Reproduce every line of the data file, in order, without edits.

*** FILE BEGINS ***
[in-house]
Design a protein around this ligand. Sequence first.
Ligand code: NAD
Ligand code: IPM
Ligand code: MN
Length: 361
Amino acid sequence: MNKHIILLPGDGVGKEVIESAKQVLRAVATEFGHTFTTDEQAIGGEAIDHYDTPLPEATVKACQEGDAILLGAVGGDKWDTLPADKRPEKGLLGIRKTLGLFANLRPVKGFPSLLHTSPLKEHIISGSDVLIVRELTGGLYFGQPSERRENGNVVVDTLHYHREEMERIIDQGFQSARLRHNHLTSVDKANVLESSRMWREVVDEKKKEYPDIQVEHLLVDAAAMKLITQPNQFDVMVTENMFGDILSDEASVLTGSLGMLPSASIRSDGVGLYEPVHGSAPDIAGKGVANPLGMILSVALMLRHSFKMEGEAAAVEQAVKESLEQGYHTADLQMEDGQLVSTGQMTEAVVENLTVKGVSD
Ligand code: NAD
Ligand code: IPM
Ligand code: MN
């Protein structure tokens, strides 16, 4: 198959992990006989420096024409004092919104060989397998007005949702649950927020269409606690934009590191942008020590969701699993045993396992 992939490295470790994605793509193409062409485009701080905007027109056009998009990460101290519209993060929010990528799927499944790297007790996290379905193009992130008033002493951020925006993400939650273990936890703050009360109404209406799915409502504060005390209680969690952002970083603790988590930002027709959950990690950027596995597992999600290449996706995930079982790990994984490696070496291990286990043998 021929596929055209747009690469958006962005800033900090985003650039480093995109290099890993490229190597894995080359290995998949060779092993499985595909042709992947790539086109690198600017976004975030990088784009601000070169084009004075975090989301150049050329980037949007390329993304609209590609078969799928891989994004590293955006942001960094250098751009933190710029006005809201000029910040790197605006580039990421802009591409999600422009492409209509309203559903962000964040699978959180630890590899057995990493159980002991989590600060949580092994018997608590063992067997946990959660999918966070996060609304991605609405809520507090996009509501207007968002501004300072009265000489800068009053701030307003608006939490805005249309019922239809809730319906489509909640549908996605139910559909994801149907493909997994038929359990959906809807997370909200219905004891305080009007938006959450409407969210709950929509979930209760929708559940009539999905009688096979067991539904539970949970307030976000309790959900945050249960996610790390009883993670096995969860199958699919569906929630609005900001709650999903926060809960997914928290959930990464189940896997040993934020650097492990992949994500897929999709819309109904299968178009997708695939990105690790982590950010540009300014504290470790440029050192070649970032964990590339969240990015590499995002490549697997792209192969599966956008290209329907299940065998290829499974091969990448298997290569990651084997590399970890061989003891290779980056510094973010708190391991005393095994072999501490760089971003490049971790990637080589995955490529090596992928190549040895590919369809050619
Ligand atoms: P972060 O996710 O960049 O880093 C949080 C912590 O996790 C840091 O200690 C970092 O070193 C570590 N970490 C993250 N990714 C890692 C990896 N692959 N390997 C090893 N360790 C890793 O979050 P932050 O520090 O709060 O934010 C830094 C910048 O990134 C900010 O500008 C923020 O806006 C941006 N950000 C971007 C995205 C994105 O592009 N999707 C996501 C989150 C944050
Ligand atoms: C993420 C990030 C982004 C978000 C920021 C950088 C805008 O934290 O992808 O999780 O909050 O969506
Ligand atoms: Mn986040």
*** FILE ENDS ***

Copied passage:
[in-house]
Design a protein around this ligand. Sequence first.
Ligand code: NAD
Ligand code: IPM
Ligand code: MN
Length: 361
Amino acid sequence: MNKHIILLPGDGVGKEVIESAKQVLRAVATEFGHTFTTDEQAIGGEAIDHYDTPLPEATVKACQEGDAILLGAVGGDKWDTLPADKRPEKGLLGIRKTLGLFANLRPVKGFPSLLHTSPLKEHIISGSDVLIVRELTGGLYFGQPSERRENGNVVVDTLHYHREEMERIIDQGFQSARLRHNHLTSVDKANVLESSRMWREVVDEKKKEYPDIQVEHLLVDAAAMKLITQPNQFDVMVTENMFGDILSDEASVLTGSLGMLPSASIRSDGVGLYEPVHGSAPDIAGKGVANPLGMILSVALMLRHSFKMEGEAAAVEQAVKESLEQGYHTADLQMEDGQLVSTGQMTEAVVENLTVKGVSD
Ligand code: NAD
Ligand code: IPM
Ligand code: MN
């Protein structure tokens, strides 16, 4: 198959992990006989420096024409004092919104060989397998007005949702649950927020269409606690934009590191942008020590969701699993045993396992 992939490295470790994605793509193409062409485009701080905007027109056009998009990460101290519209993060929010990528799927499944790297007790996290379905193009992130008033002493951020925006993400939650273990936890703050009360109404209406799915409502504060005390209680969690952002970083603790988590930002027709959950990690950027596995597992999600290449996706995930079982790990994984490696070496291990286990043998 021929596929055209747009690469958006962005800033900090985003650039480093995109290099890993490229190597894995080359290995998949060779092993499985595909042709992947790539086109690198600017976004975030990088784009601000070169084009004075975090989301150049050329980037949007390329993304609209590609078969799928891989994004590293955006942001960094250098751009933190710029006005809201000029910040790197605006580039990421802009591409999600422009492409209509309203559903962000964040699978959180630890590899057995990493159980002991989590600060949580092994018997608590063992067997946990959660999918966070996060609304991605609405809520507090996009509501207007968002501004300072009265000489800068009053701030307003608006939490805005249309019922239809809730319906489509909640549908996605139910559909994801149907493909997994038929359990959906809807997370909200219905004891305080009007938006959450409407969210709950929509979930209760929708559940009539999905009688096979067991539904539970949970307030976000309790959900945050249960996610790390009883993670096995969860199958699919569906929630609005900001709650999903926060809960997914928290959930990464189940896997040993934020650097492990992949994500897929999709819309109904299968178009997708695939990105690790982590950010540009300014504290470790440029050192070649970032964990590339969240990015590499995002490549697997792209192969599966956008290209329907299940065998290829499974091969990448298997290569990651084997590399970890061989003891290779980056510094973010708190391991005393095994072999501490760089971003490049971790990637080589995955490529090596992928190549040895590919369809050619
Ligand atoms: P972060 O996710 O960049 O880093 C949080 C912590 O996790 C840091 O200690 C970092 O070193 C570590 N970490 C993250 N990714 C890692 C990896 N692959 N390997 C090893 N360790 C890793 O979050 P932050 O520090 O709060 O934010 C830094 C910048 O990134 C900010 O500008 C923020 O806006 C941006 N950000 C971007 C995205 C994105 O592009 N999707 C996501 C989150 C944050
Ligand atoms: C993420 C990030 C982004 C978000 C920021 C950088 C805008 O934290 O992808 O999780 O909050 O969506
Ligand atoms: Mn986040």